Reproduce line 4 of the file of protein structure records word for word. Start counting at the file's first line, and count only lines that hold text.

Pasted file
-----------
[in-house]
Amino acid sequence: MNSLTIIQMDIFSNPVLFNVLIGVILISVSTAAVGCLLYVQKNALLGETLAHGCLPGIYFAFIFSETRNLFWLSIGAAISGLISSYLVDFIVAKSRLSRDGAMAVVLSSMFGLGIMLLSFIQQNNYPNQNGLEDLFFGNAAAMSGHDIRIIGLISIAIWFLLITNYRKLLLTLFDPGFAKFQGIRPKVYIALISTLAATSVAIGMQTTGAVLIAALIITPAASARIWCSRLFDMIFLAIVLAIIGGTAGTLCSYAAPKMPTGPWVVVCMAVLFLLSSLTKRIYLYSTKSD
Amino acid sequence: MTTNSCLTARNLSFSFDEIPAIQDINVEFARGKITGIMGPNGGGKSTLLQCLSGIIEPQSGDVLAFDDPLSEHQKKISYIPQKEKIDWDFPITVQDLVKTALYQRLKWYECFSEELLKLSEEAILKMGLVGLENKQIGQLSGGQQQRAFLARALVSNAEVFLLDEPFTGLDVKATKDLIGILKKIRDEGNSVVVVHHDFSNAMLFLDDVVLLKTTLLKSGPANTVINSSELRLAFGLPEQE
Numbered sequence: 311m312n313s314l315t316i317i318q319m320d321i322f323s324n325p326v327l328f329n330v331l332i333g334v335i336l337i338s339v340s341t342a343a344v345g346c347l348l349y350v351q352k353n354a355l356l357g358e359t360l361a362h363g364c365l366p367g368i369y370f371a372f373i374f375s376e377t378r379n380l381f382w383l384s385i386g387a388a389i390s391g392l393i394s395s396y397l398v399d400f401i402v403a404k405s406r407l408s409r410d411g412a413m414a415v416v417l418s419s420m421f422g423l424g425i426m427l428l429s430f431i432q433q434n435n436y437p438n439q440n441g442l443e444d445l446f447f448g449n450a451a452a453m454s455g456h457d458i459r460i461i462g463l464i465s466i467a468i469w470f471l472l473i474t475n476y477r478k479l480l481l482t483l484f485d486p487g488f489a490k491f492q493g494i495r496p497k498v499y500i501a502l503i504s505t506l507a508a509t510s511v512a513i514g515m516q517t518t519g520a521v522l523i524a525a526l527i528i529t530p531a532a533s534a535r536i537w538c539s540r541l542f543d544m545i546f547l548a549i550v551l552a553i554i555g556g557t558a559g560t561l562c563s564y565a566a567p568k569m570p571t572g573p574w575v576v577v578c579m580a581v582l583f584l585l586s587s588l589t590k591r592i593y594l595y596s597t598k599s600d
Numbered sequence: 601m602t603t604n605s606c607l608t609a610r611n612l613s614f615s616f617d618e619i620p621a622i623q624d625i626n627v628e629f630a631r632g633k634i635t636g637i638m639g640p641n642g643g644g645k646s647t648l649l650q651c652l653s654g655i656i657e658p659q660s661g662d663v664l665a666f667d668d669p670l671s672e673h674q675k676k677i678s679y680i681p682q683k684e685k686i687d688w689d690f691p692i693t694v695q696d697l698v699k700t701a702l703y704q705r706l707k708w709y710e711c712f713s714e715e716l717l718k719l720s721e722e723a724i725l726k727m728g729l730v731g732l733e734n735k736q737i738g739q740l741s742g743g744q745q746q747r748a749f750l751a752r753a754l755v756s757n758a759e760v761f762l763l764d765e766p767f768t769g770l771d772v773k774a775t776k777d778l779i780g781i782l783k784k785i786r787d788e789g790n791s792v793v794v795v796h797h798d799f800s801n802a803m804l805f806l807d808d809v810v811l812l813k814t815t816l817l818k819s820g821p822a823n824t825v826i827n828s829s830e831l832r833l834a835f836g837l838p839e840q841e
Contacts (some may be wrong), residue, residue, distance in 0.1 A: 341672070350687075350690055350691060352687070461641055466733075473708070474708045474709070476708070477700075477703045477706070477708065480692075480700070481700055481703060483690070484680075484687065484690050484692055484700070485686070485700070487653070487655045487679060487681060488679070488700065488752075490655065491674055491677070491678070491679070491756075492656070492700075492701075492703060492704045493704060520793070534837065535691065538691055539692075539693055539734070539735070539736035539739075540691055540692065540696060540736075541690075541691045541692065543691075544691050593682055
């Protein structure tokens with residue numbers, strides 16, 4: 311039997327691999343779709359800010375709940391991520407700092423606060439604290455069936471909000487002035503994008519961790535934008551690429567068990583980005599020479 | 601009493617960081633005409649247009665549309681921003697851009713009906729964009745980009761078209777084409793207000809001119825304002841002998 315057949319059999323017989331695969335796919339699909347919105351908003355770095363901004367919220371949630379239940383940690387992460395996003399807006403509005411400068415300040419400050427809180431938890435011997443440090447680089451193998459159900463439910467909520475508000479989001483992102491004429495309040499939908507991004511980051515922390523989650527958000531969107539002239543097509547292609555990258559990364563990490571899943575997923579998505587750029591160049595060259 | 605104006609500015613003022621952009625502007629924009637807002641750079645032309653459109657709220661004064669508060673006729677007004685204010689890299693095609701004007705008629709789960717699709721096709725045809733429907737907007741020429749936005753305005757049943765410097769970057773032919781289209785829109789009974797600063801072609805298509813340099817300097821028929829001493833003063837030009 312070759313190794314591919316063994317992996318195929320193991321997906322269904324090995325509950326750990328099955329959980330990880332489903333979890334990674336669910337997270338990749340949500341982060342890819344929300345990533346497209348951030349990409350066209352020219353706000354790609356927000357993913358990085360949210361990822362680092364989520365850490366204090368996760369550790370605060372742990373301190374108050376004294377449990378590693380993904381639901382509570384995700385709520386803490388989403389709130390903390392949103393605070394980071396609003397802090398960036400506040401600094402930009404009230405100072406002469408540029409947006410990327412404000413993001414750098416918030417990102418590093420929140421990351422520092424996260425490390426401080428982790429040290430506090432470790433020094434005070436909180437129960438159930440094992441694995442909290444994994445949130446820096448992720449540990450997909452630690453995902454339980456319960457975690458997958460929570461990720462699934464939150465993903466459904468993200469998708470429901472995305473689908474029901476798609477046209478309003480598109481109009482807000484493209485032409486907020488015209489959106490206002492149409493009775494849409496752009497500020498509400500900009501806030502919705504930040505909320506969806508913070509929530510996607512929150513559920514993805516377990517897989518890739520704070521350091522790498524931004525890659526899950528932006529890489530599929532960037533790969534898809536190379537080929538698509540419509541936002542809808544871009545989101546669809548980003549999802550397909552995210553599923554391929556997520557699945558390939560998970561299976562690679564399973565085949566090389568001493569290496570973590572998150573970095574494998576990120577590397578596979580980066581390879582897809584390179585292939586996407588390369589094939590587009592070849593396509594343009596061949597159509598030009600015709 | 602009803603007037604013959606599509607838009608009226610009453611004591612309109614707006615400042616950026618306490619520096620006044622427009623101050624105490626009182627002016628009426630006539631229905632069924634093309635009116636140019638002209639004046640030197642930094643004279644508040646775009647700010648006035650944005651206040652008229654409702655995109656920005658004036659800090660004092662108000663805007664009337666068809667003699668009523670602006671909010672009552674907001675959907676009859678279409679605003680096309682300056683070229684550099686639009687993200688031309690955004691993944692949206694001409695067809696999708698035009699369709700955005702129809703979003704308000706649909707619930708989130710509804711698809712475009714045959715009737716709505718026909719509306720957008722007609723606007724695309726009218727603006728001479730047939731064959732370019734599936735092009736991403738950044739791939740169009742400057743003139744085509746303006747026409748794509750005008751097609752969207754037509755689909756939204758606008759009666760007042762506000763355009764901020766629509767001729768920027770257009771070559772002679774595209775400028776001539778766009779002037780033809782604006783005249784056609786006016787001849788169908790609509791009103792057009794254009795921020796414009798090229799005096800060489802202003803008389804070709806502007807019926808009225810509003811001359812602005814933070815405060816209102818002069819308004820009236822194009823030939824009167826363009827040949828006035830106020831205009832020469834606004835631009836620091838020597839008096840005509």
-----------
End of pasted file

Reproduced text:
Numbered sequence: 311m312n313s314l315t316i317i318q319m320d321i322f323s324n325p326v327l328f329n330v331l332i333g334v335i336l337i338s339v340s341t342a343a344v345g346c347l348l349y350v351q352k353n354a355l356l357g358e359t360l361a362h363g364c365l366p367g368i369y370f371a372f373i374f375s376e377t378r379n380l381f382w383l384s385i386g387a388a389i390s391g392l393i394s395s396y397l398v399d400f401i402v403a404k405s406r407l408s409r410d411g412a413m414a415v416v417l418s419s420m421f422g423l424g425i426m427l428l429s430f431i432q433q434n435n436y437p438n439q440n441g442l443e444d445l446f447f448g449n450a451a452a453m454s455g456h457d458i459r460i461i462g463l464i465s466i467a468i469w470f471l472l473i474t475n476y477r478k479l480l481l482t483l484f485d486p487g488f489a490k491f492q493g494i495r496p497k498v499y500i501a502l503i504s505t506l507a508a509t510s511v512a513i514g515m516q517t518t519g520a521v522l523i524a525a526l527i528i529t530p531a532a533s534a535r536i537w538c539s540r541l542f543d544m545i546f547l548a549i550v551l552a553i554i555g556g557t558a559g560t561l562c563s564y565a566a567p568k569m570p571t572g573p574w575v576v577v578c579m580a581v582l583f584l585l586s587s588l589t590k591r592i593y594l595y596s597t598k599s600d